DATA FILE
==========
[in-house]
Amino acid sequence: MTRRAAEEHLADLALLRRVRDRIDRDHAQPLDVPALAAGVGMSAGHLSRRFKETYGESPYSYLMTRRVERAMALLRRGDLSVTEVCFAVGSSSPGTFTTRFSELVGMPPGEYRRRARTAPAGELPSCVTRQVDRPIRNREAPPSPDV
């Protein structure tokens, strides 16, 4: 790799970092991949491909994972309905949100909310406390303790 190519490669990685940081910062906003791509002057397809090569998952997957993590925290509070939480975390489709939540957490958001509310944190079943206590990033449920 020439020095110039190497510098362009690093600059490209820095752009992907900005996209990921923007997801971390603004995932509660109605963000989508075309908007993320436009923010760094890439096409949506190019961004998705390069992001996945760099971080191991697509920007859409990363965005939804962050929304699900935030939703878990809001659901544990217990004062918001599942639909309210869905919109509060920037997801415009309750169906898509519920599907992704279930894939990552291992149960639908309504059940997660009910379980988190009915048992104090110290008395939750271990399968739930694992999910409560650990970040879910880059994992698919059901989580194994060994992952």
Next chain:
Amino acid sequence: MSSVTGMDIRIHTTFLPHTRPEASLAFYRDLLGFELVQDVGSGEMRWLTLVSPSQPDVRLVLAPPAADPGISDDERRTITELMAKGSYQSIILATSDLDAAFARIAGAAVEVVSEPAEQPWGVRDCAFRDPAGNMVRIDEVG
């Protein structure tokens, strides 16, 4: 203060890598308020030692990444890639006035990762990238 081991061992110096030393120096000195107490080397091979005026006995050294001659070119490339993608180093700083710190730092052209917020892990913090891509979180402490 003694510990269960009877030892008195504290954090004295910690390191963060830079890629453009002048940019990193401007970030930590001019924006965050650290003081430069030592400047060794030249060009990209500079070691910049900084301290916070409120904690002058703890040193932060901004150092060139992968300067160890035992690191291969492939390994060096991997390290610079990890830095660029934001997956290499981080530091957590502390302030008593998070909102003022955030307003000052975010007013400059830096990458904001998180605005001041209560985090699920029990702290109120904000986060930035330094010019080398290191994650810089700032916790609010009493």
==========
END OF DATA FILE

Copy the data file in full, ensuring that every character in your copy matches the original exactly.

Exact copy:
[in-house]
Amino acid sequence: MTRRAAEEHLADLALLRRVRDRIDRDHAQPLDVPALAAGVGMSAGHLSRRFKETYGESPYSYLMTRRVERAMALLRRGDLSVTEVCFAVGSSSPGTFTTRFSELVGMPPGEYRRRARTAPAGELPSCVTRQVDRPIRNREAPPSPDV
């Protein structure tokens, strides 16, 4: 790799970092991949491909994972309905949100909310406390303790 190519490669990685940081910062906003791509002057397809090569998952997957993590925290509070939480975390489709939540957490958001509310944190079943206590990033449920 020439020095110039190497510098362009690093600059490209820095752009992907900005996209990921923007997801971390603004995932509660109605963000989508075309908007993320436009923010760094890439096409949506190019961004998705390069992001996945760099971080191991697509920007859409990363965005939804962050929304699900935030939703878990809001659901544990217990004062918001599942639909309210869905919109509060920037997801415009309750169906898509519920599907992704279930894939990552291992149960639908309504059940997660009910379980988190009915048992104090110290008395939750271990399968739930694992999910409560650990970040879910880059994992698919059901989580194994060994992952």
Next chain:
Amino acid sequence: MSSVTGMDIRIHTTFLPHTRPEASLAFYRDLLGFELVQDVGSGEMRWLTLVSPSQPDVRLVLAPPAADPGISDDERRTITELMAKGSYQSIILATSDLDAAFARIAGAAVEVVSEPAEQPWGVRDCAFRDPAGNMVRIDEVG
């Protein structure tokens, strides 16, 4: 203060890598308020030692990444890639006035990762990238 081991061992110096030393120096000195107490080397091979005026006995050294001659070119490339993608180093700083710190730092052209917020892990913090891509979180402490 003694510990269960009877030892008195504290954090004295910690390191963060830079890629453009002048940019990193401007970030930590001019924006965050650290003081430069030592400047060794030249060009990209500079070691910049900084301290916070409120904690002058703890040193932060901004150092060139992968300067160890035992690191291969492939390994060096991997390290610079990890830095660029934001997956290499981080530091957590502390302030008593998070909102003022955030307003000052975010007013400059830096990458904001998180605005001041209560985090699920029990702290109120904000986060930035330094010019080398290191994650810089700032916790609010009493």